Ethiopia Weekly Humanitarian Bulletin, 29 February 2016
Given procurement and transportation lead time required, the food sector funding gap should have ideally been covered by the end of February. Without international support, the Government will cover the life-saving gap, but at the cost of planned development programs.
The Government and partners are expediting the distribution of seeds to farmers to capitalize on the good belg season forecast and before the planting window closes, but significant gaps remain.
Health sector partners are supporting the Government to respond to various disease outbreaks, including measles, AWD, meningitis, dengue and scabies. Poor funding (3%), poor access to WaSH services, and inadequate drug stocks are some of the challenges faced by the sector.
Ethiopia is responding to an El Niño-caused drought emergency:
The El Niño global climactic event has wreaked havoc on Ethiopia’s summer rains. This comes on the heels of failed spring rains, and has driven food insecurity, malnutrition and water shortages in affected areas of the country. A well-coordinated response is already underway and expanding rapidly, although the scale of the developing emergency exceeds resources available to date. Given the lead times necessary for the procurement of relief items, the Government and its international partners have called for early action to this slow onset natural disaster.
The window for timely action is closing
The Government and the Ethiopia Humanitarian Country Team are increasingly voicing their concern over the looming pipeline break of relief commodities, and are asking donor partners to rapidly fill the gap. While the Joint Emergency Operation (JEOP), the USAID-funded NGO consortium, has enough food in stock until mid-June for the 2.6 million people it assists, WFP needs US$228 million to prevent a food pipeline break in May and June for 7.6 million people. Given the 120 days procurement and transportation lead time required, the funding gap should have ideally been covered by the end of February. The window for timely and effective action is rapidly closing.
Delayed action usually turns an emergency into a crisis
Each day without food assistance exponentially increases human suffering, lengthens the recovery period of affected people, puts increasing pressure on the humanitarian and development systems in place, and the interventions become that much more expensive. Food assistance with supplementary feeding for the moderately malnourished is three times cheaper than responding to severe acute malnutrition that include life-long cognitive impairments for those affected.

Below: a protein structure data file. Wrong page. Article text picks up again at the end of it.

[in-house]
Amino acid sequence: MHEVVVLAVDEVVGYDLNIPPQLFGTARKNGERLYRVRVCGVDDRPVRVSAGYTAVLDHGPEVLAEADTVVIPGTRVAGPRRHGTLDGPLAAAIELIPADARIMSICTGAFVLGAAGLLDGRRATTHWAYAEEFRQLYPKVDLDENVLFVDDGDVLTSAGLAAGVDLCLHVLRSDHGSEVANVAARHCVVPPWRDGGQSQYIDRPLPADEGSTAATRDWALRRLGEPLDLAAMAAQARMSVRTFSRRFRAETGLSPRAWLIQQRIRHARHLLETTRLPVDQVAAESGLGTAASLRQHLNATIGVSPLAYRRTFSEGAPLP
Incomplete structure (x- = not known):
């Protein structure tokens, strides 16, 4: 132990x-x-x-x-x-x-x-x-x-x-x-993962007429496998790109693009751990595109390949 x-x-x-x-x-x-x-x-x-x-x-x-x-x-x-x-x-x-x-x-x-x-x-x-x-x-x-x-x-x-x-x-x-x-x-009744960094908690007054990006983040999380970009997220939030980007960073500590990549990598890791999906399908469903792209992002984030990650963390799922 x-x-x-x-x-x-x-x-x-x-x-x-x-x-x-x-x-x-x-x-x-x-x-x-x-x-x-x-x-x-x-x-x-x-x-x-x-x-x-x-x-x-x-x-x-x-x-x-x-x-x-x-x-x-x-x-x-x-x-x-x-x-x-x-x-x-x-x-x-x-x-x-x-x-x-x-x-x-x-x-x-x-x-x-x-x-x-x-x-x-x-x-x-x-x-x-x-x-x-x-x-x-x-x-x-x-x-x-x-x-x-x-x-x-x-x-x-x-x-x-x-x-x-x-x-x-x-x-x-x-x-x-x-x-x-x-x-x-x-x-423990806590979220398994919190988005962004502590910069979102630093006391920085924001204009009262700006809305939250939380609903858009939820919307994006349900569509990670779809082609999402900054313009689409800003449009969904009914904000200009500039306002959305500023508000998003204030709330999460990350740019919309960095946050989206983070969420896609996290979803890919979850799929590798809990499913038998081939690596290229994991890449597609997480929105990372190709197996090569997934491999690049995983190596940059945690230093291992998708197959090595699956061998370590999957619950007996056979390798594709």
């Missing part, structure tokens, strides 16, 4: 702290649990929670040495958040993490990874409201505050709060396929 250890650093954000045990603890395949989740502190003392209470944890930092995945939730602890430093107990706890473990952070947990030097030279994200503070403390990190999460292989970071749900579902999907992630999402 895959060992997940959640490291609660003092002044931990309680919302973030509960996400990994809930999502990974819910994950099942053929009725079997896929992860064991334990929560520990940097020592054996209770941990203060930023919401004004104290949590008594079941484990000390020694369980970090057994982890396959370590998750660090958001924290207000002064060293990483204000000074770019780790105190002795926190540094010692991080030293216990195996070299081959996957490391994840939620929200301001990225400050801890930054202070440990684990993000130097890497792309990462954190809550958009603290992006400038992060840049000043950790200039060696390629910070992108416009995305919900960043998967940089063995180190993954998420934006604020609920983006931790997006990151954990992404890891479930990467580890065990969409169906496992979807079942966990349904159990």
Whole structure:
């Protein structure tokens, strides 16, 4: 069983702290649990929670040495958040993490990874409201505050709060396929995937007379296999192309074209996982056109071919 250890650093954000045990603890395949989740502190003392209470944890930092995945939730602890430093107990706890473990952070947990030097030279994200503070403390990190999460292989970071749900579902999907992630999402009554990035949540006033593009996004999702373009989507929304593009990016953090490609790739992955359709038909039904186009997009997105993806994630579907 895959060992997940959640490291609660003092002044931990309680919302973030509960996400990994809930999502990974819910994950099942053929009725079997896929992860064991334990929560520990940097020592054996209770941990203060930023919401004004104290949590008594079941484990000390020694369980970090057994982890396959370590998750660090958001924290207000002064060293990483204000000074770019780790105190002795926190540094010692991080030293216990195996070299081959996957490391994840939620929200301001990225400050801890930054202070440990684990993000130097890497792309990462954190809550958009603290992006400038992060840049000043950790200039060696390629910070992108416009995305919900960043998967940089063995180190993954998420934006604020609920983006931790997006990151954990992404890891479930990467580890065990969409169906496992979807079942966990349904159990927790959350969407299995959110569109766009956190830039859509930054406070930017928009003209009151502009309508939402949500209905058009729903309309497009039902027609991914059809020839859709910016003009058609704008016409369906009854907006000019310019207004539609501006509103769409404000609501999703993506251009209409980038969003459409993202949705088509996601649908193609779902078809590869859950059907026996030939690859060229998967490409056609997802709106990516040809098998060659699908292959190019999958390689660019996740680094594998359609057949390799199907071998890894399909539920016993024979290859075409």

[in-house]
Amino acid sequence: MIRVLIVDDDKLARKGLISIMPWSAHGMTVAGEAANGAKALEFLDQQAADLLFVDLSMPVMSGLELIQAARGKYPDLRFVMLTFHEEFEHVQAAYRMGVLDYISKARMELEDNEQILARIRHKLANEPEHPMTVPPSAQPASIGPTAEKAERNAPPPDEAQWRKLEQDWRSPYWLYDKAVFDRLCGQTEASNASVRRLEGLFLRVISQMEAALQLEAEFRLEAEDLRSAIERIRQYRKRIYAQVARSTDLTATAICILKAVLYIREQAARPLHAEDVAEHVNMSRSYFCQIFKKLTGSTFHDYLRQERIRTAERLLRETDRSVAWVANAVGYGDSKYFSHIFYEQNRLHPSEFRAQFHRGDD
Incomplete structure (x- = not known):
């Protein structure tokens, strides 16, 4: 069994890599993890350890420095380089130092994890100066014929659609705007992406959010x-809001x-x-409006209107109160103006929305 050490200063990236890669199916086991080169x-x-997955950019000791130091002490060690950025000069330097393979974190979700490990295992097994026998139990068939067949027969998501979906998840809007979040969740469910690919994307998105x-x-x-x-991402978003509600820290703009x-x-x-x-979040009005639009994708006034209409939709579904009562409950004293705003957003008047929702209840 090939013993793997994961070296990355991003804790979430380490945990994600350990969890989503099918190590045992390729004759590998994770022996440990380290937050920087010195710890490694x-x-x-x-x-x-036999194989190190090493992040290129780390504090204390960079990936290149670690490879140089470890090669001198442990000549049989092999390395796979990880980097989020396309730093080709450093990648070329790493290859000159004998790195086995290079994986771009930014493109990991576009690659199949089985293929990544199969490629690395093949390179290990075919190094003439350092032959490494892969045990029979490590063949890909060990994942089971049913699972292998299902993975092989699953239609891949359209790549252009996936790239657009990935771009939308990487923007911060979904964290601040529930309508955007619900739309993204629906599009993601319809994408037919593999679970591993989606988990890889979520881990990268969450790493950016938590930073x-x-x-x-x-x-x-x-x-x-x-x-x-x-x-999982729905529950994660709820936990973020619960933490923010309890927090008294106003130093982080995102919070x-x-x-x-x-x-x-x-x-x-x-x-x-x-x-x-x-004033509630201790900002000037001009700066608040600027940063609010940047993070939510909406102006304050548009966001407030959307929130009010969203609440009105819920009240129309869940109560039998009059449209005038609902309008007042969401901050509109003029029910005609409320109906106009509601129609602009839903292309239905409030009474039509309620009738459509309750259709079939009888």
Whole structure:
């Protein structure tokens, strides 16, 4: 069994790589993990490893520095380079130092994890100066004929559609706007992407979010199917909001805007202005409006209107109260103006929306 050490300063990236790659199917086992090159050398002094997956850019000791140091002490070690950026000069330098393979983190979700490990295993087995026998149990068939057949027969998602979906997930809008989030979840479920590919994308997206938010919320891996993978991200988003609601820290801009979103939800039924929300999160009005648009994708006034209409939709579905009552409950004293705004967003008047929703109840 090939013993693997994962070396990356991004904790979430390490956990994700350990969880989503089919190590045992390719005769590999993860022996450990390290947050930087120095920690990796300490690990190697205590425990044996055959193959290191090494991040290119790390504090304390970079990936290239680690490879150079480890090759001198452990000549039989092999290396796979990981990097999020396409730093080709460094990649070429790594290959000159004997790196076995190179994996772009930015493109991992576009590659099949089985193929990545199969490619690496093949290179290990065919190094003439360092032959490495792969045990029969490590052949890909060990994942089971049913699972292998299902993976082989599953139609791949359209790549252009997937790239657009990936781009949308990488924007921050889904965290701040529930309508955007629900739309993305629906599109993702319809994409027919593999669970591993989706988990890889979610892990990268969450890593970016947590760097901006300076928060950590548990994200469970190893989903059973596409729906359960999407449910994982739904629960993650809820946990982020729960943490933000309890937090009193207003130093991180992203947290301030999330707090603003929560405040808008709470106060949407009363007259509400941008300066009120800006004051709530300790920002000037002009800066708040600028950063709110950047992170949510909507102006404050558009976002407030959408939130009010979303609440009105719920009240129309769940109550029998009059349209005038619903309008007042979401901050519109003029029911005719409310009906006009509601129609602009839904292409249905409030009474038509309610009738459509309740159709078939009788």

Early warning – early action?
During the 2011 Horn of Africa drought, early signs of an oncoming food crisis were clear months before the emergency reached its peak. Yet, it was not until the situation had reached crisis point that the international system started to respond. This time, the international system has a great opportunity to do it differently; the peak of the hunger season is still in-front of us. The Government and the humanitarian community have been raising the alarm since July/August 2015. Some donors have gradually stepped-up, and more than $617 million was mobilized so far. But this is not nearly enough to meet rising needs. Without international support, the Government will cover the life-saving gap, but at the cost of planned development programs.
Capitalizing on the forecast good belg season
According to the National Meteorological Agency, above-normal rainfall is expected in much of south and south eastern Ethiopia; predominantly normal rainfall in the north, central and eastern parts; and below-normal rains in the west and north western parts of the country. Field reports already indicated the start of the rainy season in most parts of Amhara region, including the severely drought-affected Wag Himra zone, and in Southern and South Eastern zones of Tigray region since Wednesday, 24 February. The Government and partners are expediting the distribution of seeds to farmers before the planting window closes, but significant gaps remain. For more information, contact: firstname.lastname@example.org
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